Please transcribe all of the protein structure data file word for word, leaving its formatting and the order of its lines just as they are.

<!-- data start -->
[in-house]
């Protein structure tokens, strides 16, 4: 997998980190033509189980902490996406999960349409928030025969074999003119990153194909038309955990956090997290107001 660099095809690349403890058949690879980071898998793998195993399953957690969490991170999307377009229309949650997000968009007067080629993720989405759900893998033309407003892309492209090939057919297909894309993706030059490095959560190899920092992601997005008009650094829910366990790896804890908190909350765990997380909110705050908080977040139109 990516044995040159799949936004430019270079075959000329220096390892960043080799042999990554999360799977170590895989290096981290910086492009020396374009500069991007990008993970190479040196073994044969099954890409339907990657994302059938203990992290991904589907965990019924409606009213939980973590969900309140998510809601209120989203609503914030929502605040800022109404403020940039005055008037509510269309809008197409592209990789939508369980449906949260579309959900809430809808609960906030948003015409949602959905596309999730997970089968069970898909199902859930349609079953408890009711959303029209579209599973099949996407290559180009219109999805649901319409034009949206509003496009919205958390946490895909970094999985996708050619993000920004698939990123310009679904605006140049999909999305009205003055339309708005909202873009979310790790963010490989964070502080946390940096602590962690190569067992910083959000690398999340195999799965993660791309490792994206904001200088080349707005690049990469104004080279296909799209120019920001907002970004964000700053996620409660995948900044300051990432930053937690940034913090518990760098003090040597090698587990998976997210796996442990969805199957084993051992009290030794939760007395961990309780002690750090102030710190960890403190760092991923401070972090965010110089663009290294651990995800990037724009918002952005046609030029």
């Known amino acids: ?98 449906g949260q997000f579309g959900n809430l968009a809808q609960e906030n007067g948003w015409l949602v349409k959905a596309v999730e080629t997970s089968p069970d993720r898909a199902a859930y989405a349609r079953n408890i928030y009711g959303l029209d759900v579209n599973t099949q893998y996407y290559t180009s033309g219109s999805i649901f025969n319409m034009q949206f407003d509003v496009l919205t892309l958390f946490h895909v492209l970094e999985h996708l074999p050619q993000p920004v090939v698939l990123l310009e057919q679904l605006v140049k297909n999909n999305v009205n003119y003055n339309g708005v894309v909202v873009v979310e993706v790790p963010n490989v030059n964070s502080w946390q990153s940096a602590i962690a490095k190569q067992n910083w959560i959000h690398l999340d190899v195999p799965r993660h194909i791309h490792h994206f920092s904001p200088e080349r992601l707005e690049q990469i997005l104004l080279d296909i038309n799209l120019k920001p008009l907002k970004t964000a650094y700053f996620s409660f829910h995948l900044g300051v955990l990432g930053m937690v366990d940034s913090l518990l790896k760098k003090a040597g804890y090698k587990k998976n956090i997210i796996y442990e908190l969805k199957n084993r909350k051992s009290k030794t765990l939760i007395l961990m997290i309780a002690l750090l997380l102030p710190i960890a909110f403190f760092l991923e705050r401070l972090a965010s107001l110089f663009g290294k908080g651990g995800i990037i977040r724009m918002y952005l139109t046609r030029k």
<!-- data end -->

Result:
[in-house]
């Protein structure tokens, strides 16, 4: 997998980190033509189980902490996406999960349409928030025969074999003119990153194909038309955990956090997290107001 660099095809690349403890058949690879980071898998793998195993399953957690969490991170999307377009229309949650997000968009007067080629993720989405759900893998033309407003892309492209090939057919297909894309993706030059490095959560190899920092992601997005008009650094829910366990790896804890908190909350765990997380909110705050908080977040139109 990516044995040159799949936004430019270079075959000329220096390892960043080799042999990554999360799977170590895989290096981290910086492009020396374009500069991007990008993970190479040196073994044969099954890409339907990657994302059938203990992290991904589907965990019924409606009213939980973590969900309140998510809601209120989203609503914030929502605040800022109404403020940039005055008037509510269309809008197409592209990789939508369980449906949260579309959900809430809808609960906030948003015409949602959905596309999730997970089968069970898909199902859930349609079953408890009711959303029209579209599973099949996407290559180009219109999805649901319409034009949206509003496009919205958390946490895909970094999985996708050619993000920004698939990123310009679904605006140049999909999305009205003055339309708005909202873009979310790790963010490989964070502080946390940096602590962690190569067992910083959000690398999340195999799965993660791309490792994206904001200088080349707005690049990469104004080279296909799209120019920001907002970004964000700053996620409660995948900044300051990432930053937690940034913090518990760098003090040597090698587990998976997210796996442990969805199957084993051992009290030794939760007395961990309780002690750090102030710190960890403190760092991923401070972090965010110089663009290294651990995800990037724009918002952005046609030029």
């Known amino acids: ?98 449906g949260q997000f579309g959900n809430l968009a809808q609960e906030n007067g948003w015409l949602v349409k959905a596309v999730e080629t997970s089968p069970d993720r898909a199902a859930y989405a349609r079953n408890i928030y009711g959303l029209d759900v579209n599973t099949q893998y996407y290559t180009s033309g219109s999805i649901f025969n319409m034009q949206f407003d509003v496009l919205t892309l958390f946490h895909v492209l970094e999985h996708l074999p050619q993000p920004v090939v698939l990123l310009e057919q679904l605006v140049k297909n999909n999305v009205n003119y003055n339309g708005v894309v909202v873009v979310e993706v790790p963010n490989v030059n964070s502080w946390q990153s940096a602590i962690a490095k190569q067992n910083w959560i959000h690398l999340d190899v195999p799965r993660h194909i791309h490792h994206f920092s904001p200088e080349r992601l707005e690049q990469i997005l104004l080279d296909i038309n799209l120019k920001p008009l907002k970004t964000a650094y700053f996620s409660f829910h995948l900044g300051v955990l990432g930053m937690v366990d940034s913090l518990l790896k760098k003090a040597g804890y090698k587990k998976n956090i997210i796996y442990e908190l969805k199957n084993r909350k051992s009290k030794t765990l939760i007395l961990m997290i309780a002690l750090l997380l102030p710190i960890a909110f403190f760092l991923e705050r401070l972090a965010s107001l110089f663009g290294k908080g651990g995800i990037i977040r724009m918002y952005l139109t046609r030029k």